MOSCOW — President Vladimir Putin hopes to send a delegation of Russian lawmakers to the United States to discuss the situation in Syria with members of Congress, the Interfax news agency reported Monday.

Russian legislators Valentina Matvienko and Sergei Naryshkin proposed that to Putin, saying polls have shown little support among Americans for armed intervention in Syria to punish its regime for an alleged chemical weapons attack.

The lawmakers said maybe U.S. legislators can be persuaded to take a "balanced stance" on the issue. Putin supported the initiative, which would require formal approval by the Foreign Ministry.

Russia has sent legislators to the U.S. before to try to persuade Congress about pending legislation. But sending a delegation to Washington to discuss Syria's civil war could be seen as a publicity stunt, given the strong positions Moscow already has taken as a key ally of Syrian President Bashar Assad's regime. The U.S. has accused Russia of providing military support to Assad that has allowed Assad to cling to power during Syria's civil war.

On Monday, Russian Foreign Minister Sergey Lavrov dismissed evidence of the alleged chemical weapons use by the Syrian regime as "absolutely unconvincing."

He said the evidence presented by the U.S. to Moscow showed "there was nothing specific there, no geographic coordinates, no names, no proof that the tests were carried out by the professionals." He did not describe the tests further.

The U.S. said it has proof that Assad's regime is behind attacks that Washington claims killed at least 1,429 people, including more than 400 children in a suburb of the Syrian capital of Damascus on Aug. 21. Syrian officials have denied the allegations, blaming rebel fighters.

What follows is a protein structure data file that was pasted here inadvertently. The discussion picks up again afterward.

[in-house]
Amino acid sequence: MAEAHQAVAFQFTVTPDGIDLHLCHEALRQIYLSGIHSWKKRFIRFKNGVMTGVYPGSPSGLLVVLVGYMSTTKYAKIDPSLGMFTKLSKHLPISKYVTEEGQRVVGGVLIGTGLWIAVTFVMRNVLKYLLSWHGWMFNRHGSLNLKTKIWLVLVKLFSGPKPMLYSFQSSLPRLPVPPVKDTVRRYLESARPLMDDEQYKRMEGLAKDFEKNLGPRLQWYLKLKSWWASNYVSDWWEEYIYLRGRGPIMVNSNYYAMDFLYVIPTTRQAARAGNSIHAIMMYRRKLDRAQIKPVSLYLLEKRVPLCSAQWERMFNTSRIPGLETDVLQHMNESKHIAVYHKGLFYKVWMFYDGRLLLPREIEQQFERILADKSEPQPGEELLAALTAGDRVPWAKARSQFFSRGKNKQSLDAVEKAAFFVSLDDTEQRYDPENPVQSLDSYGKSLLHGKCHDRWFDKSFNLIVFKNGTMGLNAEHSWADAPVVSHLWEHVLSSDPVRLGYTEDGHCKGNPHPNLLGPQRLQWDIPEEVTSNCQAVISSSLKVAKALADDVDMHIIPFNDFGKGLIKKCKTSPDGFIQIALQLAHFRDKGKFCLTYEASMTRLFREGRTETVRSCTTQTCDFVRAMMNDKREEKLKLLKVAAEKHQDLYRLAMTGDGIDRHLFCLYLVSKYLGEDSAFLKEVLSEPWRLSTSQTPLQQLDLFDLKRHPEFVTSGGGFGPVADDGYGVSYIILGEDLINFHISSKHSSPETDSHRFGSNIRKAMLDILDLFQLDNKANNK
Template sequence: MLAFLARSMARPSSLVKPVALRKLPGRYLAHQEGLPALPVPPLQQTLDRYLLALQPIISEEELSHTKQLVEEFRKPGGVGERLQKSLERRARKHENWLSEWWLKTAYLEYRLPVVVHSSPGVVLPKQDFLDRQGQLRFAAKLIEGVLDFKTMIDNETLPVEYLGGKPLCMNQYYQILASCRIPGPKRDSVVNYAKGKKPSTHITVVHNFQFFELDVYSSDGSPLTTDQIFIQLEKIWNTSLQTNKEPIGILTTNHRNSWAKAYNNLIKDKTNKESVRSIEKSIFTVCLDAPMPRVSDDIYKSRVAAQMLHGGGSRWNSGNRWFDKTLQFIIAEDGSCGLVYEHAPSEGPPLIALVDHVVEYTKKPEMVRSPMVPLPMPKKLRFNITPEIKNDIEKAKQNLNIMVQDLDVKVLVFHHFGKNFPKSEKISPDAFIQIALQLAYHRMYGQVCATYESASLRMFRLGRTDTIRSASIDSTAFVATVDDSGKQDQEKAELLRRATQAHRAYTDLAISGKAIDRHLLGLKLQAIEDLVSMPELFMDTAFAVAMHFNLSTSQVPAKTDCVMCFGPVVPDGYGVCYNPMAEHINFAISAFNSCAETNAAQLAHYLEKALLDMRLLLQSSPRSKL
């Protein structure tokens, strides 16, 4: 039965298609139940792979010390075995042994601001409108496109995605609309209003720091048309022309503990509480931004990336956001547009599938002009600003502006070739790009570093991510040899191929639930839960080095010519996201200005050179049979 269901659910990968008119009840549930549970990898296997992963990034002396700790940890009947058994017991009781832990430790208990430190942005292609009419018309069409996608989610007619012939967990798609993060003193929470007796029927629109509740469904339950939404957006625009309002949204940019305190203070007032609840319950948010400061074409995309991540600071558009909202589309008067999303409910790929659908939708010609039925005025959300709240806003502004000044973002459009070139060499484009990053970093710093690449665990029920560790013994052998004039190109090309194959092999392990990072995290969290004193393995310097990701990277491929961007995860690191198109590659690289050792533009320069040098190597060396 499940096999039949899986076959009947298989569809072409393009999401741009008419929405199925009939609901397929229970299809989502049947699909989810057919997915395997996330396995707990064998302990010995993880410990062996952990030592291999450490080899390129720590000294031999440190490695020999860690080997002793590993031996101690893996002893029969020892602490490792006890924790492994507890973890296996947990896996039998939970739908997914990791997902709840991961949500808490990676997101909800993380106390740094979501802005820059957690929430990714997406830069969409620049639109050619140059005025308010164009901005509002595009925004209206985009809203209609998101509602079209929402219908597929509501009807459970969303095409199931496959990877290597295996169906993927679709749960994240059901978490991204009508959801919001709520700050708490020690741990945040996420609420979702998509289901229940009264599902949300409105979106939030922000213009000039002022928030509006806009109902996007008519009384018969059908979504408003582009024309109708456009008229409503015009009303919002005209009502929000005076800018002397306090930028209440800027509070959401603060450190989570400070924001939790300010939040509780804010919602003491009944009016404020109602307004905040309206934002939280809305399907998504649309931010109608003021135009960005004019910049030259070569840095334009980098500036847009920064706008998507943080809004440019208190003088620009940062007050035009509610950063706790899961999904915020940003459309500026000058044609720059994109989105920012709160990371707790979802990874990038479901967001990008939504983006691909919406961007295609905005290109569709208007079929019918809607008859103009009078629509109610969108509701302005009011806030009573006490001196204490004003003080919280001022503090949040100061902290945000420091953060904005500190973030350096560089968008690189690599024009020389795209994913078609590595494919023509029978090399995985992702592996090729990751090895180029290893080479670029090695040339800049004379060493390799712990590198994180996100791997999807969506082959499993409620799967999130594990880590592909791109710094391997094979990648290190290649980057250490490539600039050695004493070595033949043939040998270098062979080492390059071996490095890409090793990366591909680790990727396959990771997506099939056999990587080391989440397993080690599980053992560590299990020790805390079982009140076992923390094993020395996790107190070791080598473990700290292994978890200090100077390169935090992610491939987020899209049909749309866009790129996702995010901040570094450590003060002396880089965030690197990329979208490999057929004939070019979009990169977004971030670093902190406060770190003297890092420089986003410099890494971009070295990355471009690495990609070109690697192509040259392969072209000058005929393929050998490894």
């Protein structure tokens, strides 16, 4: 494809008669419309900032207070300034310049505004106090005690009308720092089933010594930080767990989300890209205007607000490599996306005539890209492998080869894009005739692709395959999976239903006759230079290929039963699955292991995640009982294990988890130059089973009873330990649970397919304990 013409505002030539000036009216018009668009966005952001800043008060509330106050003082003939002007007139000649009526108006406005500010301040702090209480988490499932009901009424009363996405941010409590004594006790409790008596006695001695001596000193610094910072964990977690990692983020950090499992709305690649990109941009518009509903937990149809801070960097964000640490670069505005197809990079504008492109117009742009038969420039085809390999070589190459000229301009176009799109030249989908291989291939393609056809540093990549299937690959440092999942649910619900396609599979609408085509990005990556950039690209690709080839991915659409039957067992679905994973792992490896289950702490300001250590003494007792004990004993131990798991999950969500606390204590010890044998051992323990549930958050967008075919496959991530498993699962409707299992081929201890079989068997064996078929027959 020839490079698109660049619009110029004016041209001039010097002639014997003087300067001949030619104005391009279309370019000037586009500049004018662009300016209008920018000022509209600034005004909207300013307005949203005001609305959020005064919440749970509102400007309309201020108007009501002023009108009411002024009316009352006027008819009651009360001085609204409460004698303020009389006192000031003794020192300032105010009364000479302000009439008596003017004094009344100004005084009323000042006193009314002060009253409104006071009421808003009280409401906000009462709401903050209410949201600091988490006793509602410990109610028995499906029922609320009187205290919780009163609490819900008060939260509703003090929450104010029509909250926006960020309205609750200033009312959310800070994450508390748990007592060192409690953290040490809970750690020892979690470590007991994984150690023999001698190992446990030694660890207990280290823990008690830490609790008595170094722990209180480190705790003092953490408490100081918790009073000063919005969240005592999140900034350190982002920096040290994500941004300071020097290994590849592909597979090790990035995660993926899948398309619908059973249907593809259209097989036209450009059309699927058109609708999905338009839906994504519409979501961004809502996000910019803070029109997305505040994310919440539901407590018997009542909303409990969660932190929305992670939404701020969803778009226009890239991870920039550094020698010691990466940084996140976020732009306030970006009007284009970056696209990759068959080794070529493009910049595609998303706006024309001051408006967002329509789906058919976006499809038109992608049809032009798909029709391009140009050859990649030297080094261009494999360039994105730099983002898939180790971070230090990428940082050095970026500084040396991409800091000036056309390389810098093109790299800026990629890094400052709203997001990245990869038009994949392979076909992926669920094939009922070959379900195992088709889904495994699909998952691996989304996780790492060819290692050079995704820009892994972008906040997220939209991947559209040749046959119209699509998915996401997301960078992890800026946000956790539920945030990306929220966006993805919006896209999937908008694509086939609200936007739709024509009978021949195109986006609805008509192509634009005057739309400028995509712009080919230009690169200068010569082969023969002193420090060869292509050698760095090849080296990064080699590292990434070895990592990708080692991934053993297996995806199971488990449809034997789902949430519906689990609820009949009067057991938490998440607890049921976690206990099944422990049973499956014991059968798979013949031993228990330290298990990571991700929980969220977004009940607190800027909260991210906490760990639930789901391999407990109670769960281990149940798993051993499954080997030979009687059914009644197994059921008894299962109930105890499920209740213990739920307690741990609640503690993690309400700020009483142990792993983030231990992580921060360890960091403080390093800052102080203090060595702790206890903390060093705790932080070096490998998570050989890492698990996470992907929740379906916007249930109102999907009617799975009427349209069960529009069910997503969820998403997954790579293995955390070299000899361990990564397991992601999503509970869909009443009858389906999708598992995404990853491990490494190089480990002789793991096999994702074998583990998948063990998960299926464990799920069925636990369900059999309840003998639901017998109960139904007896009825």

Lavrov has brushed aside Western assertions of an alleged Syrian regime role. Russia, along with China and Iran, has staunchly backed Assad throughout the conflict.

"What our American, British and French partners showed us in the past and have showed just recently is absolutely unconvincing," Lavrov said at Russia's top diplomatic school. "And when you ask for more detailed proof, they say all of this is classified so we cannot show this to you."

On Saturday Putin spoke out against the prospect of U.S. military intervention in Syria, calling such a move "foolish nonsense" that "defies all logic."

The Russian legislators plan to head to the U.S. just as President Barack Obama seeks congressional approval for a military strike on Assad's forces. Putin said a dialogue between legislators of the two countries was an essential part of reviving Russian-American relations.

In July 2012, a delegation of Russian legislators travelled to Washington in an unsuccessful bid to prevent Congress from passing sanctions against 18 Russians as part of a law named after Sergei Magnitsky. The whistleblowing Russian lawyer was arrested in 2008 for tax evasion after accusing Russian police officials of stealing $230 million in tax rebates.

That visit by legislators from Russia's parliament — which often rubber-stamps Putin's edicts — was later justified as the private initiative of a handful of Russian legislators, not an official government delegation.